The Pill: The unspoken reality about its effect on mental health

Molly Pace explores the evidence around the pills effect on mental health, alongside her own experiences. 

There are roughly 100 million women worldwide taking the contraceptive pill, with about a fifth of these experiencing a heightened level of depression. This year, research confirmed the association between the pill and depression, providing much-needed recognition of women’s experiences with the pill. Shortly following this, the male contraceptive pill trials were terminated due to the identification of depressive side effects. Such effects, which a fifth of women live with every day, and often in the absence of appropriate support, were considered serious enough to stop male pill advancement. Is this just another example of underlying societal patriarchal views, or are the side-effects women experience minute in comparison to the effects of falling pregnant? 

I am someone who has lived with an eating disorder, anxiety and minor depressive tendencies for multiple years. The fact that the pill was handed to me with no serious warning about the extent to which it could change my weight, heighten anxiety and lower my mood is rather shocking. The hormonal changes it caused sent me on a downward spiral of anxiety, depression, self hate, and strain on my relationship, all caused by my repulsion to the idea that someone could love me in that state. Fortunately, my boyfriend recognized the changes I was experiencing as detrimental to my health, and made a link between the onset of my heightened anxiety and depression to the time I started the pill; he convinced me to stop taking it. 

After starting the pill, I went from being someone who gets anxious when attending social events or having days of low self-esteem, to being someone who had anxiety attacks that rendered me struggling to breathe, even when I was on runs (my usual safe-haven from my mind). My attitude towards myself worsened, leaving me feeling unbearably “done” with everything and, on few occasions, in a state so low that sadly I resorted to self-harm. This not only left me in an emotionally unstable, unmotivated state, but additionally brought strain upon my usually-rather-perfect relationship. 

Far too many days called for my boyfriend to calm me down from states of extreme anxiety, or coax me out the house and convince me that life was worth living. Often, my internal hatred would express itself outwardly as external bitterness, and would make me angry with my boyfriend for loving me. I would continuously attempt to convince him not to. My declining self-worth would not allow me to comprehend or accept love or happiness, because I felt so undeserving of them. I got to a place where I knew exactly what could make me happier, and purposefully avoided it in a self-deprecating cycle.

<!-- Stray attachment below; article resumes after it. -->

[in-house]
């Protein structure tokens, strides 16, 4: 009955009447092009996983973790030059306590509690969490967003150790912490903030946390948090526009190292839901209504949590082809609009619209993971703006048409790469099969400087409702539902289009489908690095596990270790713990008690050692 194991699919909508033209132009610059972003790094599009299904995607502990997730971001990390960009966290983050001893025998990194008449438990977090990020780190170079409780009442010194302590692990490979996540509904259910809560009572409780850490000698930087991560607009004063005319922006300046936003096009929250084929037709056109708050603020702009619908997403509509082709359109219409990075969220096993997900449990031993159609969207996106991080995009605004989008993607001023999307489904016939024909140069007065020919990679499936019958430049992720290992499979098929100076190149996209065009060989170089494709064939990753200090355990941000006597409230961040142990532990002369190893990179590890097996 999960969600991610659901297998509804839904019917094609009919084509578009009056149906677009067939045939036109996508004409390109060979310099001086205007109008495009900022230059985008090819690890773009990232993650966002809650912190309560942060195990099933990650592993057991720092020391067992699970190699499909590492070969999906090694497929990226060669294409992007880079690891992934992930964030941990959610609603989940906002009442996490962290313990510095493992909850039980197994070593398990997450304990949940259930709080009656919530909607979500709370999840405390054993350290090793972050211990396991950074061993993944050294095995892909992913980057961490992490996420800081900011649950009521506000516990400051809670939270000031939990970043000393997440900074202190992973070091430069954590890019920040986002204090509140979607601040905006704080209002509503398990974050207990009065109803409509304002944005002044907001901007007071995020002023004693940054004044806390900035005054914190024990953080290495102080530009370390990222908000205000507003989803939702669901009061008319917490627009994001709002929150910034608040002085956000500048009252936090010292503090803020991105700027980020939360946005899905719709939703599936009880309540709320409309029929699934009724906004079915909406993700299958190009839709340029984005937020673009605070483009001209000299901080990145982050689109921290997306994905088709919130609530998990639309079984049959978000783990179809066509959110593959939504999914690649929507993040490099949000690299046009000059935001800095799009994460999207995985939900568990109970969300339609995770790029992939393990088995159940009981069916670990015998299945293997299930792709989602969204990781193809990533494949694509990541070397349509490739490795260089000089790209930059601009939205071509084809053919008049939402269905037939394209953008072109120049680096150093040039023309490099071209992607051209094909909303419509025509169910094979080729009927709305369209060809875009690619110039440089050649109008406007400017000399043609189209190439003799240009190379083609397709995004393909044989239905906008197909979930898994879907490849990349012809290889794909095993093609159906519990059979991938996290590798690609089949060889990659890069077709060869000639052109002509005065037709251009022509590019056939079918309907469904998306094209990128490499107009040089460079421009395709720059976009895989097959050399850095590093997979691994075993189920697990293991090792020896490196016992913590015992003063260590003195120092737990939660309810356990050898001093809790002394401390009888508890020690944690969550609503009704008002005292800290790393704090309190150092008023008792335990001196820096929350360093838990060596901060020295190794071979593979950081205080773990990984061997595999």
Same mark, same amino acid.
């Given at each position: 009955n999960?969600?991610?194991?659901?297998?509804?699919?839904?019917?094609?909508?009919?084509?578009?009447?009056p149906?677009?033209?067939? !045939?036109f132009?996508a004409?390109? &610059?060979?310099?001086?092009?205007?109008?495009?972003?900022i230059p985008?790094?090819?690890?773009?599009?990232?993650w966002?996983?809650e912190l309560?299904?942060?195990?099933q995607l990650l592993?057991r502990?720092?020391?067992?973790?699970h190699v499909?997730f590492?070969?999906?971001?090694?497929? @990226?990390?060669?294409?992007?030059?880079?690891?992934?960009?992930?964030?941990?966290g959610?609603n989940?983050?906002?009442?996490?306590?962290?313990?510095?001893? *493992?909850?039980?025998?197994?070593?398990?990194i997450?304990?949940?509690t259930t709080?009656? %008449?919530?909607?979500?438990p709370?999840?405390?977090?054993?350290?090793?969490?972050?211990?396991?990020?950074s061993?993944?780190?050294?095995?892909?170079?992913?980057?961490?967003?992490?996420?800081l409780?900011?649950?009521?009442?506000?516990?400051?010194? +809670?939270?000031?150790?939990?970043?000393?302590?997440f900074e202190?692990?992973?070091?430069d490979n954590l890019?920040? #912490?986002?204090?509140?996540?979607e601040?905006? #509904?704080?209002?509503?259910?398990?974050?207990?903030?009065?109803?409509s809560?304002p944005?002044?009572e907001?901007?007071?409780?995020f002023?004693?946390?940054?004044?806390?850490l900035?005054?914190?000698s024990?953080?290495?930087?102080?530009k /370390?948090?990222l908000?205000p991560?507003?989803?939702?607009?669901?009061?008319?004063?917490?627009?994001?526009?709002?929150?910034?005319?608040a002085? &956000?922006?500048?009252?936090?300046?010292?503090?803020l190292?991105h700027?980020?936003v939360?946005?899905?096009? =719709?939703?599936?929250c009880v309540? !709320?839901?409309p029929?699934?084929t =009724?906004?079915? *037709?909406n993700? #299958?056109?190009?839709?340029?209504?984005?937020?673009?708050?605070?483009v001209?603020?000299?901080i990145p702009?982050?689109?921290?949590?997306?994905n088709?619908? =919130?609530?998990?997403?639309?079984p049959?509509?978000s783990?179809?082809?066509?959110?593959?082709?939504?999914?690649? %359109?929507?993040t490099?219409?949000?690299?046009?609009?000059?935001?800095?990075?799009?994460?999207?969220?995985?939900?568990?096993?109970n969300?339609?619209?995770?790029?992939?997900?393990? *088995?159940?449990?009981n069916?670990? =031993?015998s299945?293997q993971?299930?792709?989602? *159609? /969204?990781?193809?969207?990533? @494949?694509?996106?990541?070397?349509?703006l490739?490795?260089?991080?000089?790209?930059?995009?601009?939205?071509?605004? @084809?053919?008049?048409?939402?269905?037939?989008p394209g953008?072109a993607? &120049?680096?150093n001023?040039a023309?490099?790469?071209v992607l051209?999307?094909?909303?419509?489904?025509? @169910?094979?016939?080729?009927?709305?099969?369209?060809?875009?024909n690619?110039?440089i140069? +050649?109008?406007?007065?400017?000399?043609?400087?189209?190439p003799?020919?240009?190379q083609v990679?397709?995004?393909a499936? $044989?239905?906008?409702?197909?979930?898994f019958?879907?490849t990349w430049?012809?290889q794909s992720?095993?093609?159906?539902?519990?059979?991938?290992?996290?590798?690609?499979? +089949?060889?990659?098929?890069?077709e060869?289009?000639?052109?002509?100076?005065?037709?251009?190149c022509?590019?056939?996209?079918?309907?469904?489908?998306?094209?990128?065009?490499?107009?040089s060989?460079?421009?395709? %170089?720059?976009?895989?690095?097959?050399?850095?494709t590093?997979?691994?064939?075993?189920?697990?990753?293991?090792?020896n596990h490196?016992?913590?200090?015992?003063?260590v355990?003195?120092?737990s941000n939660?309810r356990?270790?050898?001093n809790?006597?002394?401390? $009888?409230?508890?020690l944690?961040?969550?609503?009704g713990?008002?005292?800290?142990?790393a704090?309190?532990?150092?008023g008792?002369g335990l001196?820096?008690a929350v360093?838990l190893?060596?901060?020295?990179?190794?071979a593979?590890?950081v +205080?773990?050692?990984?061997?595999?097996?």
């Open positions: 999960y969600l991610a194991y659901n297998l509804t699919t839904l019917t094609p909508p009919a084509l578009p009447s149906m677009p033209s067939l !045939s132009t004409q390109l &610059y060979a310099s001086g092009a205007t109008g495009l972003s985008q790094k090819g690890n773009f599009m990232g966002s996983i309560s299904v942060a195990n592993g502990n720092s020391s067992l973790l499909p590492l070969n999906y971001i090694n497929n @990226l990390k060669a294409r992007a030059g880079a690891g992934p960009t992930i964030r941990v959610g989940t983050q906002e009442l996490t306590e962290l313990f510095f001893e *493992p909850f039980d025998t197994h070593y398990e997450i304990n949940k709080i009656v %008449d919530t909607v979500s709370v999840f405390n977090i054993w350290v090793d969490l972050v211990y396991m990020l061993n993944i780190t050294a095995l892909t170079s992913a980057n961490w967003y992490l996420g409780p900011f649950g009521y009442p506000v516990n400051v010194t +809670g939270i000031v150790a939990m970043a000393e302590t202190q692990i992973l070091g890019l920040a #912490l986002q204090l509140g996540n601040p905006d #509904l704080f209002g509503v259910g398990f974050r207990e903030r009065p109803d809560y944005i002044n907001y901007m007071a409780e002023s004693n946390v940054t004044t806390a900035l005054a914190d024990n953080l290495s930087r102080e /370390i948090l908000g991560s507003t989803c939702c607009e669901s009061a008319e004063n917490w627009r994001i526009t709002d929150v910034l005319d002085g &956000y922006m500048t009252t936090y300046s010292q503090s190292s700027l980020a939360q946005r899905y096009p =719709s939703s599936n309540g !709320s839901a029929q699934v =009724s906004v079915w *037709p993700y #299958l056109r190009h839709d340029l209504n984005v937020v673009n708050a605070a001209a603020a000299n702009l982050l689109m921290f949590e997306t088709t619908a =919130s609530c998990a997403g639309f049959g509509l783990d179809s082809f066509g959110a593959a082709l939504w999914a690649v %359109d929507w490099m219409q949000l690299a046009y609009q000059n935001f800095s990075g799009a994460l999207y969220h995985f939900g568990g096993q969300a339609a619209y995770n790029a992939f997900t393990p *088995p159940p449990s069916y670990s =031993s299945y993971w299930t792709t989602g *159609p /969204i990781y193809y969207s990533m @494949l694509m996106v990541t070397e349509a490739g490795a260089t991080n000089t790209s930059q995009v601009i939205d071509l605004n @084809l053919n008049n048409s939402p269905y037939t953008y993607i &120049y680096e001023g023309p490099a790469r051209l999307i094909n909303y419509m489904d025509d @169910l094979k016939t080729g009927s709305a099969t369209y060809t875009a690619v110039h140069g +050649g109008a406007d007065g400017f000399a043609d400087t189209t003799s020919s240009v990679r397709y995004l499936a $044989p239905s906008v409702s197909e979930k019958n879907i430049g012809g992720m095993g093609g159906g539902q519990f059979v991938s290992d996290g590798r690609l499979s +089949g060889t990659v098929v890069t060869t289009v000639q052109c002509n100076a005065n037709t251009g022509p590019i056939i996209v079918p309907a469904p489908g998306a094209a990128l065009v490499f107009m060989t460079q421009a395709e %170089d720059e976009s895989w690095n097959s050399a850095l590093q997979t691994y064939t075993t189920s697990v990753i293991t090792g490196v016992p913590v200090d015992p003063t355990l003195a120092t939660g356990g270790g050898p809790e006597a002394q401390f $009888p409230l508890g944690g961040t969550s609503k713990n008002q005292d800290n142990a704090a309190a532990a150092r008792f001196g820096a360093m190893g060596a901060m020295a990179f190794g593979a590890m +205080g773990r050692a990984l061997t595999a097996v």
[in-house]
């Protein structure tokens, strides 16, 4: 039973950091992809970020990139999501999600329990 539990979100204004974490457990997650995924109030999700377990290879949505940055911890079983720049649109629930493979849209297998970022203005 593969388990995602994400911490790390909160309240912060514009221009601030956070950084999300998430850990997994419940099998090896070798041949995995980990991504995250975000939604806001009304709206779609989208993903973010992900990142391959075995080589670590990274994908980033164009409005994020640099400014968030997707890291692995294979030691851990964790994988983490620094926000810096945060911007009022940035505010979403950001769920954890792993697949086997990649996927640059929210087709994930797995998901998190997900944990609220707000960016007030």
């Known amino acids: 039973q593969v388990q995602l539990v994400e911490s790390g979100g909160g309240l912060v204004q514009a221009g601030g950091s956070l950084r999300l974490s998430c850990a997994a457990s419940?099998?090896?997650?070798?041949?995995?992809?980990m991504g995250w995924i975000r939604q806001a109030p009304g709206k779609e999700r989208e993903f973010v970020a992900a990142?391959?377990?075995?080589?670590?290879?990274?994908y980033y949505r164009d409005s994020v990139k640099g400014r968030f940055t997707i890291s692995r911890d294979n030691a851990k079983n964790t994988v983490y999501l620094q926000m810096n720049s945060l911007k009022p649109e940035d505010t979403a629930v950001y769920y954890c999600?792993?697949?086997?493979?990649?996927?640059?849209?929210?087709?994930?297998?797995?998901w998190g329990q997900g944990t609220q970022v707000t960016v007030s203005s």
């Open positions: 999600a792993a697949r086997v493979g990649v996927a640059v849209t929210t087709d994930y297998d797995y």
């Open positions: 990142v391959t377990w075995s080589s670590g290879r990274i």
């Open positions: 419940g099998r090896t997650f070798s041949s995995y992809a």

My mental health history, and the fact that my boyfriend is aware of it, became my saving grace in this situation. I appreciate how lucky I am to have someone able to recognize my mean streaks as an unfortunate expression of my mental state rather than intentional acts of cruelty. Not experiencing pressure from my partner to stay on the pill also played a major role in providing me with relief. I can imagine an alternative situation in which a man might trivialise mood changes to be “just PMS” and request their girlfriend to stay on the pill because “sex doesn’t feel as good with a condom.” Whilst better sex is a considerable pro for taking the pill, mental health undoubtedly comes first. 

The recent release of the news that the male contraceptive pill trial was halted due to depressive side effects, which many of my friends and I have experienced, leads me to question whether my mental health is of less worth than a man’s. In no way am I suggesting that the male-pill trials should have continued, as I would not wish the emotional trauma of depression or anxiety on anyone. However, I do think it is vital that a deeper understanding of the crucial difference between manageable PMS symptoms and clinical depression is instilled in society. 

Women often ignore concerning character changes for the sake of better sex, fear of pregnancy or relationship pressure. The conversation about contraceptive methods should be had more frequently in relationships, and both partners should be aware of the possible side-effects contraceptive methods can have. In many cases, the responsibility of long term contraception is placed on women (fertile only 2-3 days a month) rather than males (fertile every single day) - a pressure that is overlooked by the majority of people. For now, we can hope that an ideal contraceptive pill with no side-effects is developed, and meanwhile, recognize when hormonal sideeffects become too large to endure.